Unusual plea bargain raises serious ethical questions about plea deals
A Virginia man has entered into a plea bargain that will see him get a vasectomy in exchange for having a number of criminal charges against him dropped, according to Fox News. The man was involved in a hit-and-run and child endangerment case. Authorities said they proposed the deal because they were concerned about the man's ability to care for his current children, which currently number seven with six different women. However, the unusual deal has drawn plenty of criticism, with many saying it has parallels with the state's mass sterilization of the mentally ill during the 20th-century.
The man was charged with child endangerment, hit-and-run, and operating a vehicle with a suspended license in relation to a crash in December. In exchange for agreeing to get a vasectomy after being released from prison, the man had two charges against him dropped: failure to secure medical attention for a child and driving after forfeiture of a license.
The offer was made after attorneys prosecuting the man decided it would be in the best interests of the state if the man had a vasectomy. The man's lawyer says that his client agonized over the decision but eventually agreed to it in order to get out of jail sooner and be with his children.
The case has brought up serious ethical questions about whether certain offers should be allowed when coming up with plea deals. As the Washington Post reports, prosecutors and defendants are able to offer pretty much anything as a condition for probation so long as it doesn't offend morals. However, this latest offer has made many people uncomfortable. As one Richmond lawyer asked, "When does negotiating the loss of a body part become unconscionable?"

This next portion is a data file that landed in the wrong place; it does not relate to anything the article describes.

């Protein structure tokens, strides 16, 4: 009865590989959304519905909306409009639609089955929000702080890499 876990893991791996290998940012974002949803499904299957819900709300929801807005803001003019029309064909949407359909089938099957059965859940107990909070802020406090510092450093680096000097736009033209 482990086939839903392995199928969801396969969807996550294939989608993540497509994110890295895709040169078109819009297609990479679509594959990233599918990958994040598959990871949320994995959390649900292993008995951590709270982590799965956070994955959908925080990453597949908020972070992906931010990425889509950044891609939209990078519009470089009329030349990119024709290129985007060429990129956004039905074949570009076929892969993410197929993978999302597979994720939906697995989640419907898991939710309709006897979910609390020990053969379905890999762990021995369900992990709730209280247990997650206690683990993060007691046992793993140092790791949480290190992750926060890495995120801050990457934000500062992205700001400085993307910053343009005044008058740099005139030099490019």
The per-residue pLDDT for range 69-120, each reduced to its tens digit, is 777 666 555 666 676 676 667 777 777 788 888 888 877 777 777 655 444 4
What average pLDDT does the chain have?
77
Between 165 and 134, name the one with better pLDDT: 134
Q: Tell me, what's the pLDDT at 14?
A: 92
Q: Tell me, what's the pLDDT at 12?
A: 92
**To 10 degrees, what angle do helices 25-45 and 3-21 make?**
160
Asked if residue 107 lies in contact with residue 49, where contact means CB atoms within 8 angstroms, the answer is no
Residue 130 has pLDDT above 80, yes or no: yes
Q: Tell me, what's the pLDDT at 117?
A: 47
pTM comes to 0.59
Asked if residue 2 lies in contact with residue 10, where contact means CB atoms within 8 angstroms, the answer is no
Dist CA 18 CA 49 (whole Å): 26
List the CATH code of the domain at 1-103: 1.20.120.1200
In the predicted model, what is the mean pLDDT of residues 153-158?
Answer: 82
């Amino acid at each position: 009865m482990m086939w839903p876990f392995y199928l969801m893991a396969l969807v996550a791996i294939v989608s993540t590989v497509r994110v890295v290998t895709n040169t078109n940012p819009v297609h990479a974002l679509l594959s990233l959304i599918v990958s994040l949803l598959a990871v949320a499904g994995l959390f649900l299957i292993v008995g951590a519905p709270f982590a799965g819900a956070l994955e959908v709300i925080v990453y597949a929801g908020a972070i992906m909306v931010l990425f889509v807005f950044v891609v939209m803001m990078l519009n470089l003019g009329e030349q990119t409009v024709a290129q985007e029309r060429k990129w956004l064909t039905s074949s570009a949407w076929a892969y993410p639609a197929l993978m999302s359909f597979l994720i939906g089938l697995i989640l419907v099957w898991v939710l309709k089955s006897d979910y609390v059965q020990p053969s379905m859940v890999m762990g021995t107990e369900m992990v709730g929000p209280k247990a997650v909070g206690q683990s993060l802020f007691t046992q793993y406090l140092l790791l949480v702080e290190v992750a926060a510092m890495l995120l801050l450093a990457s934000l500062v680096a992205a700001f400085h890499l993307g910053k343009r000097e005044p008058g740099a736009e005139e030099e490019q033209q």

The case has also brought up unpleasant reminders of Virginia's past sterilization program. The 1924 Virginia Eugenical Sterilization Act led to the state sterilizing 7,000 patients in mental institutions. That sterilization program was launched based on the now discredited belief that mental patients were unfit to reproduce.
Critics also pointed out that the vasectomy was unlikely to deter the man from recommitting a similar crime in the future. As the same Richmond lawyer said, "fathering children is not illegal."
Dealing with a criminal charge
While the above story is certainly unusual, it does show how people who face a criminal charge will often have to make difficult decisions when dealing with the consequences of the accusations made against them. How a defendant chooses to respond to a criminal charge can have serious effects on both the possibility of a conviction and the severity of a sentence.
A person who has been charged with a criminal offence should contact a criminal defense lawyer as soon as possible. With expert legal advice, defendants will have the help they need to make sure their rights are protected throughout the legal process.